UK historic tests on the Validity of Conditions
On a number of occasions, the UK High Court has laid down general criteria for the validity of planning conditions. Conditions should not be imposed unless they are both necessary and effective, and do not place unjustifiable burdens on applicants. Conditions should only be imposed which are:
- Relevant to planning
- Relevant to the development to be permitted
- Reasonable in all other respects
In considering if a particular condition is necessary authorities should ask themselves whether planning permission would have to be refused if that condition were not imposed.
If planning permission would not have been refused then the condition will need special and precise justification. It may be helpful to ask whether it would be considered expedient to enforce against a breach — if not, the condition may well be unnecessary.
The argument that the condition will do no harm is no justification for its imposition; a condition should not be imposed unless there is a definite need for it.
Conditions should be tailored to specific problems rather than imposed as wide ranging controls. In so far as a condition is wider in its scope than is necessary to achieve the desired objective, it will fail the test of need.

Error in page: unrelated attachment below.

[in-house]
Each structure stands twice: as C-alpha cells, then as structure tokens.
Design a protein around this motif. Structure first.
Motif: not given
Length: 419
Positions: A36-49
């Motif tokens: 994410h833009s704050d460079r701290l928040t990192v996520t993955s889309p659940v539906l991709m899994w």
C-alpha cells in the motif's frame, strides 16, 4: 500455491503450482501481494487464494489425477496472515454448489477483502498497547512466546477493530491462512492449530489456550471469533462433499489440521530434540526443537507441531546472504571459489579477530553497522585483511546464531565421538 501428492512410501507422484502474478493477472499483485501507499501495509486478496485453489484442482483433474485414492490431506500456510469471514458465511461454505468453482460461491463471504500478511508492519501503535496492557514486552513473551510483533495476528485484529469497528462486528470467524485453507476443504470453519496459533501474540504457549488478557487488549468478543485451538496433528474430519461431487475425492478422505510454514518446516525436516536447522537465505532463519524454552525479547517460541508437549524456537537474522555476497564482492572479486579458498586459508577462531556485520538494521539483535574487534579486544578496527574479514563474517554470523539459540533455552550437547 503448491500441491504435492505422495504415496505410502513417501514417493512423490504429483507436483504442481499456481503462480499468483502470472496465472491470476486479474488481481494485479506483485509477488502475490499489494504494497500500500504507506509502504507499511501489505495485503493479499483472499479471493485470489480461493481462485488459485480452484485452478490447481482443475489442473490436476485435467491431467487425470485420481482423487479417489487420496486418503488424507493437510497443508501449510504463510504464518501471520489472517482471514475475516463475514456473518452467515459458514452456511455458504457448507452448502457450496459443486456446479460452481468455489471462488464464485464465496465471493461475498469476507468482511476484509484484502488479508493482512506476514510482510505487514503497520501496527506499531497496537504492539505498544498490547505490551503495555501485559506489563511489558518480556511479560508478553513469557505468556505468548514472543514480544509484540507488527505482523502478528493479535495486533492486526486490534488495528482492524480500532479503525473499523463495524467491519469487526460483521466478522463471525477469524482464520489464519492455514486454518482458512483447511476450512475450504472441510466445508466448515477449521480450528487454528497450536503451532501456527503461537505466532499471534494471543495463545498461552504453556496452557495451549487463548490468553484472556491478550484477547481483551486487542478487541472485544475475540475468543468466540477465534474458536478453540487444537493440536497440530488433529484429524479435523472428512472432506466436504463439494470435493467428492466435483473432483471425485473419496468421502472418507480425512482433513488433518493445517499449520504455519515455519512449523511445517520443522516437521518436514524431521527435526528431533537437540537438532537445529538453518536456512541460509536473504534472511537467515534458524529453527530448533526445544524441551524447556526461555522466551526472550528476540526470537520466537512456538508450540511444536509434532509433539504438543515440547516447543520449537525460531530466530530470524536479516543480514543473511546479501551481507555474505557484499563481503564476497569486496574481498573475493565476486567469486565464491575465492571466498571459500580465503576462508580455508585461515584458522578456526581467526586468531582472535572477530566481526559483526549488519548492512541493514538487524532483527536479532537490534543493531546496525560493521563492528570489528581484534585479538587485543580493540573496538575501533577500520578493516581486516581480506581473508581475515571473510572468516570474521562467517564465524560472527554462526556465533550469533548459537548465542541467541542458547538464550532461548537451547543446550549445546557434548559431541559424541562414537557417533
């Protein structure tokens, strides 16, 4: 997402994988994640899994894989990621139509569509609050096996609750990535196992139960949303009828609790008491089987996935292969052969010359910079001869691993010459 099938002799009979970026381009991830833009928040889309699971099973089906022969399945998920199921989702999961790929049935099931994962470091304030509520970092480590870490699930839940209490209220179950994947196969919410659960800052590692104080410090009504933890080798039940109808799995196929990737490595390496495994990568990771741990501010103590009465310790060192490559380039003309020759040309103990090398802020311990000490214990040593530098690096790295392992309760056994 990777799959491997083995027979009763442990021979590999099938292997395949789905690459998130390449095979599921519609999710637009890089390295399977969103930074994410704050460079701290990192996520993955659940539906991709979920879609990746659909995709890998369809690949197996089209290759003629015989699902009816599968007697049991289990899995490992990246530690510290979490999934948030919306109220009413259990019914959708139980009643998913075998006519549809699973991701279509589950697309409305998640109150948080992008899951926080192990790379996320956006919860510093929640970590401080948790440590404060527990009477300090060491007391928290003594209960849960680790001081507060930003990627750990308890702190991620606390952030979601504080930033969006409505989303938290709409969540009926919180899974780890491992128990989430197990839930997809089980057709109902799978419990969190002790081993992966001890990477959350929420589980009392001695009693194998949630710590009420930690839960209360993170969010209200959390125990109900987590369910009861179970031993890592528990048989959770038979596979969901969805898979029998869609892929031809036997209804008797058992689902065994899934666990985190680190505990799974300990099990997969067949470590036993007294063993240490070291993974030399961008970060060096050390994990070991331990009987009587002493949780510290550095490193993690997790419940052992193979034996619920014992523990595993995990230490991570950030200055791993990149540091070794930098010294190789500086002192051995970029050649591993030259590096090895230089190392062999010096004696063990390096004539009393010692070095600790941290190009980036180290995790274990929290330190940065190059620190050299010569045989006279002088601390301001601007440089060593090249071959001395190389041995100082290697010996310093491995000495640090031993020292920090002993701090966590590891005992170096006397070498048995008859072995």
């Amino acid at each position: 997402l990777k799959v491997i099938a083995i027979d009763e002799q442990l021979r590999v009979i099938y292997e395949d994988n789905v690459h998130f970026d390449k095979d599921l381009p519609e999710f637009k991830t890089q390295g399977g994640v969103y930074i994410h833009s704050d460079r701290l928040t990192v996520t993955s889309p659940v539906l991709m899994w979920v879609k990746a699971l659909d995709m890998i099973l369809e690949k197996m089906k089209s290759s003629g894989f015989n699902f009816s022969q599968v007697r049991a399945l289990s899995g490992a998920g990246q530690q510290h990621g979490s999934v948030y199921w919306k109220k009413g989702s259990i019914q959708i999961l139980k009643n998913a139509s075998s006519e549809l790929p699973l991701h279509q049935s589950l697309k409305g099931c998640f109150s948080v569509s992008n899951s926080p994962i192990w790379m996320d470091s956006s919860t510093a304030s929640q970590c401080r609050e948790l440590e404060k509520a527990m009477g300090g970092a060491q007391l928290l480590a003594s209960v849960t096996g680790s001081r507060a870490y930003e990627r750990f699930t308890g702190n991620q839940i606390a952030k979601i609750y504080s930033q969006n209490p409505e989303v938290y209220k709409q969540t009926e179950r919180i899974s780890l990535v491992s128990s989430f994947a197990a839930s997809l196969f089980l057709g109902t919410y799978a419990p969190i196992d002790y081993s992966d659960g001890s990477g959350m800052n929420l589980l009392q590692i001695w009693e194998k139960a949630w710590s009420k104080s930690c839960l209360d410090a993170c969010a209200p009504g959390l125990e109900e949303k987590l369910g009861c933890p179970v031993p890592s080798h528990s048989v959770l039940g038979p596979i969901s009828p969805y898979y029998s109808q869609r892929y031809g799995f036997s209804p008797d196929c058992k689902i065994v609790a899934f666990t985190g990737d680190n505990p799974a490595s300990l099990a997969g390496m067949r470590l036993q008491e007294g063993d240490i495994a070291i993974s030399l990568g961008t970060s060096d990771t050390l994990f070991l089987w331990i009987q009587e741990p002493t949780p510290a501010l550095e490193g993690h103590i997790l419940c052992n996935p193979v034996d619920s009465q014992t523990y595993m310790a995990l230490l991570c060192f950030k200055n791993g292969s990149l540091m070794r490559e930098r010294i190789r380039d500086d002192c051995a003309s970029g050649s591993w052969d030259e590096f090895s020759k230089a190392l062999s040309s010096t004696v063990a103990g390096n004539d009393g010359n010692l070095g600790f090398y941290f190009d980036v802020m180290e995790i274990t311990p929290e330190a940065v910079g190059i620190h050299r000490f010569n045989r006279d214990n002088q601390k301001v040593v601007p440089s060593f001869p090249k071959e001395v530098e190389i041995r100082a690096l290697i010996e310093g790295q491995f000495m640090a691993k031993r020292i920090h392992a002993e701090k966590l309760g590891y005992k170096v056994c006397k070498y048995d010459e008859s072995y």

Relevant to Planning
A condition which has no relevance to planning is Ultra Vires (ie beyond one’s legal power or authority). For example, a condition which states that the first occupants of a dwelling must be selected from the Local Authority’s housing waiting list would be improper because it was imposed to meet the needs of the Local Authority as a housing authority and not imposed for planning reasons.
Some matters are the subject of specific controls elsewhere in planning legislation (e.g. advertisements); if these controls are relevant the authority should normally rely on them and not impose conditions which seek to achieve a separate system of control.
Other matters are subject to controls under separate legislation (e.g. health and safety, control of noise from building sites, etc.) yet are also of concern to the planning system. A condition which duplicates the effect of other controls will be unnecessary and one whose requirements conflict with those other controls will be Ultra Vires because it is unreasonable.
A condition cannot be justified on the grounds that the Local Authority is not the body responsible for exercising a concurrent control and therefore cannot ensure that the control will be properly exercised. Nor can a condition be justified on the grounds that a concurrent control is not permanent but is subject to expiry and renewal (e.g. certain licences).
A planning condition would not normally be appropriate to control the level of emissions from a proposed development where they are subject to a statutory pollution control regime e.g. IPC or IPPC Environmental Protection Act 1990 — see PPG 23 Planning and Pollution Control.